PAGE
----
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Dear PCRA2011,

You have written that Issue of appointment letter is generally delayed till joining formalities are over, back ground checks are done, and sometimes till the probation period is completed.

Comments: - The above statement does not have any legal sanction. Issue of appointment letter after 15 days is fine but waiting till completion of probation period is outrageous. Leave aside about completion of probation period, however, suppose the Labour Officer visits the premises and observes that appointment letter is not issued even after two months of employment. Suppose he issues the notice on this point. Please confirm what valid reply we can give under such circumstances.

Secondly, you have written that For instance, the so called offer letter is typical of offshore placements in MNCs, to enable the candidate to get Visa/work permit. It makes no sense in domestic employments, and it does not have any legal sanctity.

Comments: - We do not know whether under the provisions of Indian Contract Act, 1872 the court will consider the Offer Letter as contract between job seeker and job provider. On the strength of the offer letter, applicant for the job resigns from his/her existing job. Revoking offer could incur huge losses to the job applicant. Therefore, it could be considered as contract. However, this is my interpretation and I do not have any case law to quote under the contract act.

Final Comments: - More than legal side, the case needs to be looked from professional management practices. Not issuing the offer letter, telling the newly joined employee to wait for three months are all unprofessional practices. This shows lack of self-belief on company's part. If right job candidate is selected, if company has right working practices, then the company earns the trust of the employee to continue. Rather than earning trust, when company resorts to malpractices, they are likely to face the problems mentioned by the originator of the post and they will continue to waste time in these sundry activities. This type of company will never be able to build brand which supposed to be the ultimate goal of any business owner.


Dinesh Divekar

From India, Bangalore
offer letter is issued when employer shows interest on hiring an candidate found suitable....that can issued in an letter or mail
basing on above document candidate joins....after joiningformalities he/she becomes Employee ,would get appointment letter.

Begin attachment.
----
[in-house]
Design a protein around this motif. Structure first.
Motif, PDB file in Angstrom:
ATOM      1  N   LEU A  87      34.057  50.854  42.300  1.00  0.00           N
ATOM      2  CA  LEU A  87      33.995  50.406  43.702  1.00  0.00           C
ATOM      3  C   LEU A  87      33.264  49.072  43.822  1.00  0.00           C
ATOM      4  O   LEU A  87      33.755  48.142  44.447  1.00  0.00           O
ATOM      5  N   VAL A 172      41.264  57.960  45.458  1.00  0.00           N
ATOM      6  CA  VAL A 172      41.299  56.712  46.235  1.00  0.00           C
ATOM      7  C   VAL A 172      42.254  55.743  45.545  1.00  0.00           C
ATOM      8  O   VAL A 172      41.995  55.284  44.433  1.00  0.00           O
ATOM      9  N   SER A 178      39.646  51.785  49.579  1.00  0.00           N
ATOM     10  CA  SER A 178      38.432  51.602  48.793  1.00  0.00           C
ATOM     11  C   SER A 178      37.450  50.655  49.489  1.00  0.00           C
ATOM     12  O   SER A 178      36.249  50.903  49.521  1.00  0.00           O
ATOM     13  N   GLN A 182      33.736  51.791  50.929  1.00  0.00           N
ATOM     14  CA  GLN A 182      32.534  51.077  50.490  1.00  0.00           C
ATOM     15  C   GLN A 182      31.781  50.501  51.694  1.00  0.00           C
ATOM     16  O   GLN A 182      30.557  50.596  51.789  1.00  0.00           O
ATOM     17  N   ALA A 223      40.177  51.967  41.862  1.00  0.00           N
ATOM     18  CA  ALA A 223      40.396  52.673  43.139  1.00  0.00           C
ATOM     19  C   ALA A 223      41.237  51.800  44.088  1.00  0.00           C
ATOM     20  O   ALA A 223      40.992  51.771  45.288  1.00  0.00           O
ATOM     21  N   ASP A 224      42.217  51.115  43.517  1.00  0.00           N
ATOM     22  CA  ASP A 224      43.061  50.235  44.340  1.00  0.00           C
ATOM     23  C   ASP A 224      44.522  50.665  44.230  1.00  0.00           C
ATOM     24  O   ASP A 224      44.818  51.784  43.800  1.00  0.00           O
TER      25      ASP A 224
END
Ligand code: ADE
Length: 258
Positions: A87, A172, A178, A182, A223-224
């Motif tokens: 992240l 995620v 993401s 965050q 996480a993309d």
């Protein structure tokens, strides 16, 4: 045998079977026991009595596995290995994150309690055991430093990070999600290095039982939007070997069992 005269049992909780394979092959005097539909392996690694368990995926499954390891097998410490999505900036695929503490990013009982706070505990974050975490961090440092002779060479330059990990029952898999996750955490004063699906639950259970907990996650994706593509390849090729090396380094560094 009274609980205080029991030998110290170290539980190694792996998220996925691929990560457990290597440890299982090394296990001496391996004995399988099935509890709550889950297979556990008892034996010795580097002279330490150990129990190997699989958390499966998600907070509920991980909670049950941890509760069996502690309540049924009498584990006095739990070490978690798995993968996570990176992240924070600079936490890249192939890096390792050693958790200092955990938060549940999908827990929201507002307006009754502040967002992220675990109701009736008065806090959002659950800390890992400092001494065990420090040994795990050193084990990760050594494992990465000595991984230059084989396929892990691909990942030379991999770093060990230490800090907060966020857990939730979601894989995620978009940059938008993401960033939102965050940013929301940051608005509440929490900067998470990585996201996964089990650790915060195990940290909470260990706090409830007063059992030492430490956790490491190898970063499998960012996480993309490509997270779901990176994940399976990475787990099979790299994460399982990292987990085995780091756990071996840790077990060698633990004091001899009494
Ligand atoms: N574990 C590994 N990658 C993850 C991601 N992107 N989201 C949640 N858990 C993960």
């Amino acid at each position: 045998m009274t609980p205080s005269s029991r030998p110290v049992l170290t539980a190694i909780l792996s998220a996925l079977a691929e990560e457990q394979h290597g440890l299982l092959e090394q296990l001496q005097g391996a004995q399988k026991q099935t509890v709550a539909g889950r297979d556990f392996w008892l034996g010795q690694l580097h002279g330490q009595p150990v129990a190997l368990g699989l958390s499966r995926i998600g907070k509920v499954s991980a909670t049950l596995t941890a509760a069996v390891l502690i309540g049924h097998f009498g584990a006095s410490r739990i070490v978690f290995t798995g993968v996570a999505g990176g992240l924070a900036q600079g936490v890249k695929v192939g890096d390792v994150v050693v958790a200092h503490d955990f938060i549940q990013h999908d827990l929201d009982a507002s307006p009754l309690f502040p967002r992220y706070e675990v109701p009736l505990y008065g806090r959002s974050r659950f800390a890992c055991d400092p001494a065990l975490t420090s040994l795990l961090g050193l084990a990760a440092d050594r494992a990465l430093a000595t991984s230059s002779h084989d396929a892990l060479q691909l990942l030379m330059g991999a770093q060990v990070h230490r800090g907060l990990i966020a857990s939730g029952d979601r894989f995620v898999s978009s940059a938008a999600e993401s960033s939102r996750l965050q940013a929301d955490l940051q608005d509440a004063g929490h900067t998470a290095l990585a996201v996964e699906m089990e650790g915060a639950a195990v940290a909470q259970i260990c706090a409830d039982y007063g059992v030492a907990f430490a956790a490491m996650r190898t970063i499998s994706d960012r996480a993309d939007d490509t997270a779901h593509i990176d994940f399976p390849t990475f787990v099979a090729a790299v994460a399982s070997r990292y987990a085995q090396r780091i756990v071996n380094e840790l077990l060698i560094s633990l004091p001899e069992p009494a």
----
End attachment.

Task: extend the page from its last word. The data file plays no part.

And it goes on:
if any employee doesn,t get appointment letter.....he/she would walk out with out notice period once they get better option.
and they can demand from employer..or other wise, it can be settled in Labour.

Dear Dinesh Divekar,

Thank you for reviewing my post. I agree with your comments.

Just want to add that, in many SMEs there is more of personnel administration than HR management. These companies are traditionally scared of labour issues and the phobia extends towards employees of all cadres. First and foremost, they expect the HR manager to steer them clear of any legal problems. Some of the HR practices and issues that we discuss here have no legal sanction - like the 'offer letter'. So the first question the management would ask an HR is, "Why are you introducing new rules that are not required by statutory/regulatory bodies?".

Indeed, HR best practices are what attract talented workforce to a company - at least in the case of major corporates. But then, these are targeting to hire well qualified and highly skilled professionals. In case of SMEs, such talent hunting and talent management are not really the focus of the HR. These comanies fit into level 1 or 2 of CMMI model, by analogy. HR would be grappling either with nagging defaulters or with over-enthusistic performers. First, the house has to be set right and kept secure from trouble makers.

The human resources in small companies are not generally used to much of professional ethics or norms. You would see employees jumping from one small company to another, whereas among major corporates there is an understood norm that they don't hire employees who come from a rival organisation: for Instance Infosys may not like to hire someone who is leaving Wipro because that may be seen as fishing or stealing the workforce, and is considered an unethical practice. Such self-regulatory practices do not exist in small companies, and employees take advantage of it.

All I want to say is that HRs must win the confidence of the management first by putting the organisation on a stong legal footing, and then branch out into the sophisticated HR practices that they learnt in their MBA classes, which make the companies employee friendly and attractive.

From India, Bangalore

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